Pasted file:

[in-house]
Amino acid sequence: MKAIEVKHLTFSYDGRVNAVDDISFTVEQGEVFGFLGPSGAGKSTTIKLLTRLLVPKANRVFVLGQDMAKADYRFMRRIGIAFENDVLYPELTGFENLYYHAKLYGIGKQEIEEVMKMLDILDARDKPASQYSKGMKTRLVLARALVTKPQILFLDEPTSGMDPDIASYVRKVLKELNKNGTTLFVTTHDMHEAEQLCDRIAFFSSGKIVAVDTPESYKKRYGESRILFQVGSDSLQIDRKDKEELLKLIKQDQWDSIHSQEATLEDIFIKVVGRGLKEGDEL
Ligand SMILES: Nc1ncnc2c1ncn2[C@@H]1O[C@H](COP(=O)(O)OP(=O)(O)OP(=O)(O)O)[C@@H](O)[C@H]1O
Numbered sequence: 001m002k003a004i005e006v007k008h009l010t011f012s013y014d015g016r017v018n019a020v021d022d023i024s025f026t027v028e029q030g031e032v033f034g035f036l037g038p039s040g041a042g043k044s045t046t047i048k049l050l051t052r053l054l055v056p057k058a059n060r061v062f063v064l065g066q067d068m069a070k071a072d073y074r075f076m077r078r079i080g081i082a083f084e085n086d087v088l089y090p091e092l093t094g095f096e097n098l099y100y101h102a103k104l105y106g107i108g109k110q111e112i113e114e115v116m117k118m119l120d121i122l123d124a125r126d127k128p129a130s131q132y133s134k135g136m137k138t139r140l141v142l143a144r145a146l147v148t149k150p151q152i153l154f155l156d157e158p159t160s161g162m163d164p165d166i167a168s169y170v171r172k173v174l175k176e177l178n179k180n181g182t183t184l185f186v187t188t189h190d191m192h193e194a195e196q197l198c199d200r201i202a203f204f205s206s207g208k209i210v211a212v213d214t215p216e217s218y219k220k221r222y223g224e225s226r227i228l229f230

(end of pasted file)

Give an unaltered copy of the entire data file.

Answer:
[in-house]
Amino acid sequence: MKAIEVKHLTFSYDGRVNAVDDISFTVEQGEVFGFLGPSGAGKSTTIKLLTRLLVPKANRVFVLGQDMAKADYRFMRRIGIAFENDVLYPELTGFENLYYHAKLYGIGKQEIEEVMKMLDILDARDKPASQYSKGMKTRLVLARALVTKPQILFLDEPTSGMDPDIASYVRKVLKELNKNGTTLFVTTHDMHEAEQLCDRIAFFSSGKIVAVDTPESYKKRYGESRILFQVGSDSLQIDRKDKEELLKLIKQDQWDSIHSQEATLEDIFIKVVGRGLKEGDEL
Ligand SMILES: Nc1ncnc2c1ncn2[C@@H]1O[C@H](COP(=O)(O)OP(=O)(O)OP(=O)(O)O)[C@@H](O)[C@H]1O
Numbered sequence: 001m002k003a004i005e006v007k008h009l010t011f012s013y014d015g016r017v018n019a020v021d022d023i024s025f026t027v028e029q030g031e032v033f034g035f036l037g038p039s040g041a042g043k044s045t046t047i048k049l050l051t052r053l054l055v056p057k058a059n060r061v062f063v064l065g066q067d068m069a070k071a072d073y074r075f076m077r078r079i080g081i082a083f084e085n086d087v088l089y090p091e092l093t094g095f096e097n098l099y100y101h102a103k104l105y106g107i108g109k110q111e112i113e114e115v116m117k118m119l120d121i122l123d124a125r126d127k128p129a130s131q132y133s134k135g136m137k138t139r140l141v142l143a144r145a146l147v148t149k150p151q152i153l154f155l156d157e158p159t160s161g162m163d164p165d166i167a168s169y170v171r172k173v174l175k176e177l178n179k180n181g182t183t184l185f186v187t188t189h190d191m192h193e194a195e196q197l198c199d200r201i202a203f204f205s206s207g208k209i210v211a212v213d214t215p216e217s218y219k220k221r222y223g224e225s226r227i228l229f230